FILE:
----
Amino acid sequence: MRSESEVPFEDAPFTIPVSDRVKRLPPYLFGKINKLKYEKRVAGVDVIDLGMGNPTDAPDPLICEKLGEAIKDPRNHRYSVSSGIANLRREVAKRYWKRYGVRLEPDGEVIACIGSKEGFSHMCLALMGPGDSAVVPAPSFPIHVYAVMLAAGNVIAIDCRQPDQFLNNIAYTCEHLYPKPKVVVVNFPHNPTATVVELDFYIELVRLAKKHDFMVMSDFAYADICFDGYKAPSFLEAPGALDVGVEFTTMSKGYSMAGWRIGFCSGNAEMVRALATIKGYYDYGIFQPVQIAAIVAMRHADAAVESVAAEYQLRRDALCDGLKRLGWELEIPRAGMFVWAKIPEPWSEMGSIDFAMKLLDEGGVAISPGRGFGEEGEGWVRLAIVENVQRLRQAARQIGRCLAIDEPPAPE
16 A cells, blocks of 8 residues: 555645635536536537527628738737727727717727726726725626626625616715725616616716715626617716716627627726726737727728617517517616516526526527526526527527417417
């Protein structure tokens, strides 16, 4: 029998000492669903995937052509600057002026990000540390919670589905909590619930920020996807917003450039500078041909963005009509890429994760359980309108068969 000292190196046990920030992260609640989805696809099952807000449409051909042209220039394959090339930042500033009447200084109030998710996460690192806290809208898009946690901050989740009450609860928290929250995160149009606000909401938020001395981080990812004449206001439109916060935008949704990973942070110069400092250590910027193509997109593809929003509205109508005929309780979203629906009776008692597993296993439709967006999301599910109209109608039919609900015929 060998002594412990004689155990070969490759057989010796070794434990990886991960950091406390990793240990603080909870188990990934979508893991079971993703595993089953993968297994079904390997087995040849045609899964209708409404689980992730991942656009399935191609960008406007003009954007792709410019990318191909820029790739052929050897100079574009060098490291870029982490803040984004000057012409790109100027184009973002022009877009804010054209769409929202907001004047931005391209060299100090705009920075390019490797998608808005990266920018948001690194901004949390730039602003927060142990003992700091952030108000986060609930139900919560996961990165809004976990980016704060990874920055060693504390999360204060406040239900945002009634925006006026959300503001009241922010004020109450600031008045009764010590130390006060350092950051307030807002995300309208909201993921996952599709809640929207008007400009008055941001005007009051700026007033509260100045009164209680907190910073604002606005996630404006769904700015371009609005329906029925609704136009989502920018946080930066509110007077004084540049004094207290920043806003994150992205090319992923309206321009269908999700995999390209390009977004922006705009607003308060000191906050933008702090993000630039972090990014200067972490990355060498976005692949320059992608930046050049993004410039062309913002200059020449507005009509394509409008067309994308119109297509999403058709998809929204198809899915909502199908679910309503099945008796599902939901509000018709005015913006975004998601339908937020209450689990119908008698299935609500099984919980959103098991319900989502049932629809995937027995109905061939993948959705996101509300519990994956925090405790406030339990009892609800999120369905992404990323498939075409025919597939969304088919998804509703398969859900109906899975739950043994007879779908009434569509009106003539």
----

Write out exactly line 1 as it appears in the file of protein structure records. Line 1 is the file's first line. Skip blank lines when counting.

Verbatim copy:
Amino acid sequence: MRSESEVPFEDAPFTIPVSDRVKRLPPYLFGKINKLKYEKRVAGVDVIDLGMGNPTDAPDPLICEKLGEAIKDPRNHRYSVSSGIANLRREVAKRYWKRYGVRLEPDGEVIACIGSKEGFSHMCLALMGPGDSAVVPAPSFPIHVYAVMLAAGNVIAIDCRQPDQFLNNIAYTCEHLYPKPKVVVVNFPHNPTATVVELDFYIELVRLAKKHDFMVMSDFAYADICFDGYKAPSFLEAPGALDVGVEFTTMSKGYSMAGWRIGFCSGNAEMVRALATIKGYYDYGIFQPVQIAAIVAMRHADAAVESVAAEYQLRRDALCDGLKRLGWELEIPRAGMFVWAKIPEPWSEMGSIDFAMKLLDEGGVAISPGRGFGEEGEGWVRLAIVENVQRLRQAARQIGRCLAIDEPPAPE